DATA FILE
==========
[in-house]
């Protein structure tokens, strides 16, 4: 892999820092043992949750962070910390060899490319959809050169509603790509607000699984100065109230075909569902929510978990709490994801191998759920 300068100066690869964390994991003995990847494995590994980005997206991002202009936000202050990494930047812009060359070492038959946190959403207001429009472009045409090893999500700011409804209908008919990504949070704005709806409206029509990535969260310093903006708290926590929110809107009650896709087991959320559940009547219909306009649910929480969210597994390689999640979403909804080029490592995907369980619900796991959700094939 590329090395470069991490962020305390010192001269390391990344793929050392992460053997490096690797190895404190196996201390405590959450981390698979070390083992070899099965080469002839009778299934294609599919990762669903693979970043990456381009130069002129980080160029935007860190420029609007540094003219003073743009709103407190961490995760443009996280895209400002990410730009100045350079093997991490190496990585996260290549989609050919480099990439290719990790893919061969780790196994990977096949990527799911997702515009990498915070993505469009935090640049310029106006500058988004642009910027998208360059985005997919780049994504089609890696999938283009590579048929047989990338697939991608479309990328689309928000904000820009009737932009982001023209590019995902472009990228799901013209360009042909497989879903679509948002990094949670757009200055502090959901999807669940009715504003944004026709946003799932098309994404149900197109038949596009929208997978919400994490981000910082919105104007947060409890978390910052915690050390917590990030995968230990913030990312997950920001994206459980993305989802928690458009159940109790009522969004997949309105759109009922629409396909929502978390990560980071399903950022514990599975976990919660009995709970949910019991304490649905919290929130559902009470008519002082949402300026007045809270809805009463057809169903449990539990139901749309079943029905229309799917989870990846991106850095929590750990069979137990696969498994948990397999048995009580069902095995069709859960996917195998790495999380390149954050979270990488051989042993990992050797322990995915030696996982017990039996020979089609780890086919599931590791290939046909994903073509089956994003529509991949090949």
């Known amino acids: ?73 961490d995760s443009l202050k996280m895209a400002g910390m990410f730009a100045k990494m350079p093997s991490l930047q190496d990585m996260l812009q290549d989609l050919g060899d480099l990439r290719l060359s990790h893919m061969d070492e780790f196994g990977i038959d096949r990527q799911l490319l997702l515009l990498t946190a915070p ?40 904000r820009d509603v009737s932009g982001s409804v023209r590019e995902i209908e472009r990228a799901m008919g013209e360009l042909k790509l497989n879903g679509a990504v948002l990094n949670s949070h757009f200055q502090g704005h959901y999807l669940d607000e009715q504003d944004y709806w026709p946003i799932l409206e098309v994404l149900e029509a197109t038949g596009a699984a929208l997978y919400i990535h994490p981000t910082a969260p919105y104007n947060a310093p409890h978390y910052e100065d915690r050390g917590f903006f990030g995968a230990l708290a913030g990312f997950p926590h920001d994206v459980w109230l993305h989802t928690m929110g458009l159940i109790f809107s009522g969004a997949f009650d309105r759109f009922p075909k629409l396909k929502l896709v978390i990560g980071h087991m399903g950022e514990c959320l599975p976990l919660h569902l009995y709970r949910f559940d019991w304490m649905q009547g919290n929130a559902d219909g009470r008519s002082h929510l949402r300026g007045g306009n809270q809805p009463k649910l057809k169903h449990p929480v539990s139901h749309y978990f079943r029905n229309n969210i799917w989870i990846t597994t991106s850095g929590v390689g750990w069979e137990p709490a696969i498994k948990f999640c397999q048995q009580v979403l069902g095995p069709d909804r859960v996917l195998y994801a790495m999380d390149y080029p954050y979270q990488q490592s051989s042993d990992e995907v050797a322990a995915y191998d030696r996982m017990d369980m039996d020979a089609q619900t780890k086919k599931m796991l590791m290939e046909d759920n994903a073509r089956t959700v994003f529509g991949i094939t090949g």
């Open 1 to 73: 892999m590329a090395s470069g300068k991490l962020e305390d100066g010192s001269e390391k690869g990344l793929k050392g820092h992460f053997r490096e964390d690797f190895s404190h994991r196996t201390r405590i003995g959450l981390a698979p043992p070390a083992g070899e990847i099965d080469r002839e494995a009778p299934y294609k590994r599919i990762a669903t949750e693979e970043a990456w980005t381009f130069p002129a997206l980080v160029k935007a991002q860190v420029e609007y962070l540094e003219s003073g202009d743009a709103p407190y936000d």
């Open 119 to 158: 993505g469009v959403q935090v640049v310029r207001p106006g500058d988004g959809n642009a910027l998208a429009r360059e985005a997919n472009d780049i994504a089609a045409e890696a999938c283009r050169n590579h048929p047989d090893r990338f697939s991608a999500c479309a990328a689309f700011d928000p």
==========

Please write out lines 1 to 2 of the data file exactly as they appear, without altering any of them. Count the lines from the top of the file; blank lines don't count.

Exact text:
[in-house]
């Protein structure tokens, strides 16, 4: 892999820092043992949750962070910390060899490319959809050169509603790509607000699984100065109230075909569902929510978990709490994801191998759920 300068100066690869964390994991003995990847494995590994980005997206991002202009936000202050990494930047812009060359070492038959946190959403207001429009472009045409090893999500700011409804209908008919990504949070704005709806409206029509990535969260310093903006708290926590929110809107009650896709087991959320559940009547219909306009649910929480969210597994390689999640979403909804080029490592995907369980619900796991959700094939 590329090395470069991490962020305390010192001269390391990344793929050392992460053997490096690797190895404190196996201390405590959450981390698979070390083992070899099965080469002839009778299934294609599919990762669903693979970043990456381009130069002129980080160029935007860190420029609007540094003219003073743009709103407190961490995760443009996280895209400002990410730009100045350079093997991490190496990585996260290549989609050919480099990439290719990790893919061969780790196994990977096949990527799911997702515009990498915070993505469009935090640049310029106006500058988004642009910027998208360059985005997919780049994504089609890696999938283009590579048929047989990338697939991608479309990328689309928000904000820009009737932009982001023209590019995902472009990228799901013209360009042909497989879903679509948002990094949670757009200055502090959901999807669940009715504003944004026709946003799932098309994404149900197109038949596009929208997978919400994490981000910082919105104007947060409890978390910052915690050390917590990030995968230990913030990312997950920001994206459980993305989802928690458009159940109790009522969004997949309105759109009922629409396909929502978390990560980071399903950022514990599975976990919660009995709970949910019991304490649905919290929130559902009470008519002082949402300026007045809270809805009463057809169903449990539990139901749309079943029905229309799917989870990846991106850095929590750990069979137990696969498994948990397999048995009580069902095995069709859960996917195998790495999380390149954050979270990488051989042993990992050797322990995915030696996982017990039996020979089609780890086919599931590791290939046909994903073509089956994003529509991949090949």